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SAXON/DORO Manchester Academy 2, 3 May 2009
Photo: Ian Pollard
Rock. Says it all really. But first, Doro. According to her PR Mike
Exley, the German metal high priestess took a little persuading to join
the Saxon men on their tour. She really shouldn't have worried.
Unfortunately, because of the dreaded curfew and the inclusion of another
band, Sweet Savage, who I suspect were seen only by their roadie and his
friend, Doro performed a thirty-minute set. For someone of her
stature and quality this was a bit of a travesty. However, I think all
bands should be given just half an hour occasionally - it really provides
a focus and there is no room for waste or excess.
Criminally, we only heard a couple of tracks from the excellent current
album 'Fear No Evil' ('The Night Of The Warlock', 'Celebrate') but as a
taster for the band's music this set delivered in spades, with a trawl
through some of the Doro standards such as 'Burning The Witches', 'Breaking The
Law' and 'All We Are'. Let's hope she returns as headliner sooner than
Saxon. On a roll, on a mission and nearly through with their UK
tour. Fresh from his appearance in Paris on stage with Metallica, it's
time to re-evaluate Biff and the Band especially on the back of an
excellent new album and spate of reissues. The Saxon star, or cross(?), is
in its ascendancy again.
This was the best gig of the year so far, aided by an engaging frontman
('no make up, just sweat and metal') and a back catalogue most bands would
give their tattooed right arm for. They were also as tight as a sealed
boxed set with Paul Quinn's soloing more in evidence trading off the
excellent Doug Scarratt and a rock-hard rhythm section of Nigel Glockler
and Nibbs Carter.
Starting with 'Batallions Of Steel', 'Heavy Metal Thunder' and 'Demon
Sweeney Todd' the band proceeded to plunder their treasure producing such
wonderful artefacts as 'And The Bands Played On', and a superb 'Crusader'.
They even included the seldom-aired old single 'Ride Like The Wind' as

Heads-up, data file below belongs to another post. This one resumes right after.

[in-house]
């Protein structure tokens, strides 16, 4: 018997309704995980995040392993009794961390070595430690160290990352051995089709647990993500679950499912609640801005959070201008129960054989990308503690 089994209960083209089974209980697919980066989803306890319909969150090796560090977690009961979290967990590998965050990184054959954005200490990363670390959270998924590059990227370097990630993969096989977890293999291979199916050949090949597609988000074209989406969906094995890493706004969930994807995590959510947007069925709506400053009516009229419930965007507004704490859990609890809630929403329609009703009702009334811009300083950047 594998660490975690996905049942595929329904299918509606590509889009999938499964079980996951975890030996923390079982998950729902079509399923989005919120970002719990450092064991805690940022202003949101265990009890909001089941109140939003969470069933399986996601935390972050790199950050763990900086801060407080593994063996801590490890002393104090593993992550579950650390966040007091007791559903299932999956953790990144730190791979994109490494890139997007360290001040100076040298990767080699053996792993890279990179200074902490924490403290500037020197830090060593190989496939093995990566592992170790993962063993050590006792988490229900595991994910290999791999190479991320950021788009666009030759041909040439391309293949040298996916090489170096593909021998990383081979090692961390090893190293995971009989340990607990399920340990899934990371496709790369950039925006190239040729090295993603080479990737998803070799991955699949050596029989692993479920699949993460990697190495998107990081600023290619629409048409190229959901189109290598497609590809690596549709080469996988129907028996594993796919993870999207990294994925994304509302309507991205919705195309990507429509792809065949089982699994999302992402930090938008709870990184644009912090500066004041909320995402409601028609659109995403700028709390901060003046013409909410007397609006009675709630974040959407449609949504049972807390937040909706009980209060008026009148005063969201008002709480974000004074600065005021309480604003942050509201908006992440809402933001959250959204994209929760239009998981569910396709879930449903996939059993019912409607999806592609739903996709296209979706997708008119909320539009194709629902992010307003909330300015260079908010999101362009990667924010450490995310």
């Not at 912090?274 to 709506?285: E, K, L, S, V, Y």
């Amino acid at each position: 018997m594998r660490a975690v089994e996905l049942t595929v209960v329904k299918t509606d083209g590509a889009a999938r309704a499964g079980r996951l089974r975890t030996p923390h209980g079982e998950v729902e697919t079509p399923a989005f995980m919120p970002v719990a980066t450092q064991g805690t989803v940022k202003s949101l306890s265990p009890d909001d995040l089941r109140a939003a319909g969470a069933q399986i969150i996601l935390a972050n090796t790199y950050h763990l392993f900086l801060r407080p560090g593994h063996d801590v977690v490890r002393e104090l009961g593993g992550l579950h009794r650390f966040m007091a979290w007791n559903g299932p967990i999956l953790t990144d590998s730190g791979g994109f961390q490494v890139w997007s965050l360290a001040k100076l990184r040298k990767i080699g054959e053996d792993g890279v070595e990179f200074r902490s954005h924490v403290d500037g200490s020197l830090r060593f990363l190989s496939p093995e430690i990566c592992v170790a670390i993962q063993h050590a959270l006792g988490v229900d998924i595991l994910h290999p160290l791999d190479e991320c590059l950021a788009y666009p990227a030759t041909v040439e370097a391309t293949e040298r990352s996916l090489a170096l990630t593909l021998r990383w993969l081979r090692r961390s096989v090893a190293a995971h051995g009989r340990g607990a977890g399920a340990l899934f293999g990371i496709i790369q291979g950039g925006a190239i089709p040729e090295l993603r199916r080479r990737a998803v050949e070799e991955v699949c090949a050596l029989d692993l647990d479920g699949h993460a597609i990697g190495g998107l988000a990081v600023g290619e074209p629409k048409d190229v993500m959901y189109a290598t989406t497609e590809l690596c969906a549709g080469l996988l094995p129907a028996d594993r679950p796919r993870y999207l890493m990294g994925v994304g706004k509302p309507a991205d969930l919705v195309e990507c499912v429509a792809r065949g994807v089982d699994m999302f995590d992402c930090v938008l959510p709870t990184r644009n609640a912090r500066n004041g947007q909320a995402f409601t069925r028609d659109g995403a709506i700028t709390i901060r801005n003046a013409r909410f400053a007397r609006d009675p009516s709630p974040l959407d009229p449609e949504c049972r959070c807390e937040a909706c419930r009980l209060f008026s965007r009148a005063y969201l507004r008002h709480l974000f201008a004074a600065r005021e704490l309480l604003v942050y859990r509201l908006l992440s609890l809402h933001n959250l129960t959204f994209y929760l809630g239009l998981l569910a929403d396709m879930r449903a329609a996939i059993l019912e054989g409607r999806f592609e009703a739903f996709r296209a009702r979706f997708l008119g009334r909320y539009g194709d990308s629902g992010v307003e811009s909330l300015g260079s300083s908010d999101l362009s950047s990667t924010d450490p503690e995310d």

well as 'Never Surrender', 'Wheels Of Steel' and 'Motorcycle Man'.
You really couldn't fault the set-list, with some flexibility in the
choice of either 'Dallas 1PM' and 'Power And The Glory'. They played them
both. This ability to mix and match is admirable and, really, this is a
band totally in touch with their audience.
'Live To Rock' (one of the best rock anthems of the year so far) came too
late in the set (it was the first encore) and the choice of material from
'Labyrinth' didn't really do it for me. Understandably, the band may have
chosen those songs they thought would work best live but 'Valley Of The
Kings' strangely fell short of the mark and 'Hellcat' even more so. Where
was the dramatic 'Voice', 'Crime Of Passion', 'Protect Yourself' and 'Come
Rock of Ages'?
Not to worry, the encores were something else again, with a miniature
greatest hits spearheaded by the truly magnificent 747 Strangers in The
Night (one of THE greatest ever four minute heavy rock songs) and topped
with 'Denim And Leather'.
more than any other band in this genre, Saxon deliver on all fronts.
Easily parodied perhaps, but I think it is Saxon who have the last laugh.
Their songs are durable, dramatic when necessary, and they give renewed
life to the noble art of headbanging. Biff even implored original member
Paul Quinn - at the start of a rampant 'Princess Of The Night' - to
'Assume The Position'...
As Biff noted, it was great to see a real cross-generation capacity crowd
in a very sweaty Academy 2. Live To Rock? Thank the Lord he didn't become
a teacher or a preacher.
Review by David
Randall presents 'Assume The Position' every Sunday 22:00 (repeated Friday
22:00) on Get Ready to ROCK! Radio
for more information.
Biff Byford interview
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